Hello and happy Friday, readers! This is Sy.
Blockchain and cryptocurrency mania has engulfed the Internet in the past year. But could the digital ledger tech (and its offshoot applications) also help spur drug development, ensure genetic privacy, and make consumers some crypto-money on the side—all in one fell swoop?
That’s the ambitious quest driving Nebula Genomics, a company founded and advised by a crew of geneticists and Harvard grads. Genomics expert George Church and his colleagues released a new white paper this week detailing the logic behind the enterprise, which seeks to sequence genomes for less than $1,000, place them onto a secure blockchain, and then give you the power to do what you want to with your protected genomic data while raking in cryptocurrency, as MIT Technology Review’s Emily Mullin reports.
The company’s overarching purpose would be to displace common consumer genetic sequencing firms like 23andMe and Helix. Nebula would ostensibly set itself apart from those outfits by giving you control over who can access your genomic data (while also providing a more full-scale genetic analysis) for the purposes of research and drug development. The blockchain element, the logic goes, ensures both consumer control and security while cutting out the in-between players.
“The Nebula model… eliminates personal genomics companies as middlemen between data owners and data buyers. Instead, data owners can acquire their personal genomic data from Nebula sequencing facilities or other sources, join the Nebula blockchain-based, peer-to-peer network and directly connect with data buyers,” wrote Church and his colleagues in the white paper. “This model reduces effective sequencing costs and enhances protection of personal genomic data. It also satisfies the needs of data buyers in regards to data availability, data acquisition logistics, and resources needed for genomic big data.”
The model would combine a number of burgeoning technologies in both fintech and health care. Not only would you be able to get insight into your genetic makeup and, if you want, fuel drug research—you’d actually be paid via cryptocurrency “Nebula tokens” for doing so.
That latter part is what may give some people pause. Nebula still needs to figure out how to hand out its so-called “Nebula tokens” or whether it will have an initial coin offering (ICO). And, understandably, there’s a fair amount of skepticism out there about the early crypto-trend. But it’s hard to deny that Nebula’s mission in the health care space is an intriguing one.
Read on for the day’s news.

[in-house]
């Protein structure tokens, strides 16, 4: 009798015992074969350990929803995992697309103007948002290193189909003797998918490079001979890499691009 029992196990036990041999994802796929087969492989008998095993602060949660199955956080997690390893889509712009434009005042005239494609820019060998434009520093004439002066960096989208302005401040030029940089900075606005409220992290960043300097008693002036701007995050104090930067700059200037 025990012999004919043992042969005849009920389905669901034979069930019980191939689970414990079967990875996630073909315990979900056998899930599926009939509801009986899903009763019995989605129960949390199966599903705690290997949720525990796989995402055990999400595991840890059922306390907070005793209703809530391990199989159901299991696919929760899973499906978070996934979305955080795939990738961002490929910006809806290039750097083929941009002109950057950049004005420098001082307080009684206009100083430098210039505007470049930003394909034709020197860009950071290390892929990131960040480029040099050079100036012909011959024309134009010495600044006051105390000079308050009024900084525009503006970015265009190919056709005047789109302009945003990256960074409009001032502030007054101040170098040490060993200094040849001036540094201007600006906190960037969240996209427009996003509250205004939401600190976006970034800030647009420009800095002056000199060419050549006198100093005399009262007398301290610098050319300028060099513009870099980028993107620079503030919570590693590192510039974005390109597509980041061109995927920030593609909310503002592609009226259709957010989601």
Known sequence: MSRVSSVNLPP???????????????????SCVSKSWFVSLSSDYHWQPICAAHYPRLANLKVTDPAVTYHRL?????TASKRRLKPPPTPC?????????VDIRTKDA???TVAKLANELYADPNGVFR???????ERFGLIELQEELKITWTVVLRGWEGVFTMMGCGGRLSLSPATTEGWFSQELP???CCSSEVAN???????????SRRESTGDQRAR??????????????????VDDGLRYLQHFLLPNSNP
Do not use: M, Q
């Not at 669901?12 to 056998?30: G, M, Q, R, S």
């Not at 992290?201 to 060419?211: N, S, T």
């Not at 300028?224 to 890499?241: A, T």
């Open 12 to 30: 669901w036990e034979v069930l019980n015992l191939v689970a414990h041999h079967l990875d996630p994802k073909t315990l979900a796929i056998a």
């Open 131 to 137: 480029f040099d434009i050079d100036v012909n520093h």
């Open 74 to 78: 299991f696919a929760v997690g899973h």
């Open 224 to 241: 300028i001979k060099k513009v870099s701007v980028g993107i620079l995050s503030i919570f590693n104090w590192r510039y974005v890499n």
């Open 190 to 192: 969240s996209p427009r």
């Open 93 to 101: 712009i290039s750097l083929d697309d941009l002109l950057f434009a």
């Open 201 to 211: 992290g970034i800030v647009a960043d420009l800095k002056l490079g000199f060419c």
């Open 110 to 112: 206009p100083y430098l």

Virta scores big with type 2 diabetes digital health study. Virta Health notched some impressive, one-year clinical trial results for its digital health-based, type 2 diabetes control platform. What’s striking about the Virta tech is that it takes surgery and medication out of the diabetes treatment equation; users are given continual, daily access to clinical professionals who advise them on their dietary regimens (on an extremely granular level, in many instances) in order to control blood sugar. The latest trial results? “60 percent of those completing one year had type 2 diabetes reversed” while taking no glycemic control medications or only metformin, according to the peer-reviewed study in Diabetes Therapy.
S&P downgrades Teva amid continued struggles. Embattled generic drug giant Teva issued a sobering, conservative 2018 outlook during its latest earnings call, falling short of analyst expectations. Competition in the generic drug market has been hitting Teva hard, leading to a major management shakeup by new CEO Kare Schultz and massive layoffs as the firm attempts to pay down debt and right its business model. Teva stock is down more than 43% in the past 12 months. (TheStreet)
THE BIG PICTURE
Budget deal favors some health programs over others. Congress passed a two-year budget deal late last night after some high-profile drama (and a brief government shutdown). Health care had a prominent role to play in the deal—but some programs were given greater shrift than others. For instance, Obamacare’s Independent Payment Advisory Board, a cost-control mechanism that’s never actually been invoked but championed by some prominent health economists, was repealed; the Children’s Health Insurance Program (CHIP) was also extended an addition four years on top of the six-year extension passed by Congress last month. But there was no sign of provisions to stabilize Obamacare’s marketplaces. Given the repeal of the health law’s individual insurance mandate in the GOP tax bill passed last year, a lack of policies to address Obamacare markets could lead to premium increases in 2019. (New York Times)
U.S. life expectancy continues to decline. A new study outlines some of the major reasons that American life expectancy dropped for two consecutive years, as my colleague Grace Donnelly reports. “We are seeing an alarming increase in deaths from substance abuse and despair,” said Steven Woolf, an associate professor of emergency medicine at Virginia Commonwealth University and co-author of the report, Grace writes. “He added that the amount of the decrease in life expectancy is actually less alarming than the fact that addiction and a decline in the emotional wellbeing of Americans have been significant enough to drag down the country’s average length of life.” (Fortune)
Twitter Shows It Has a Real Business, by Adam Lashinsky
The 50 Best Workplaces for Giving Back in 2018, by Fortune Editors
|Produced by Sy Mukherjee|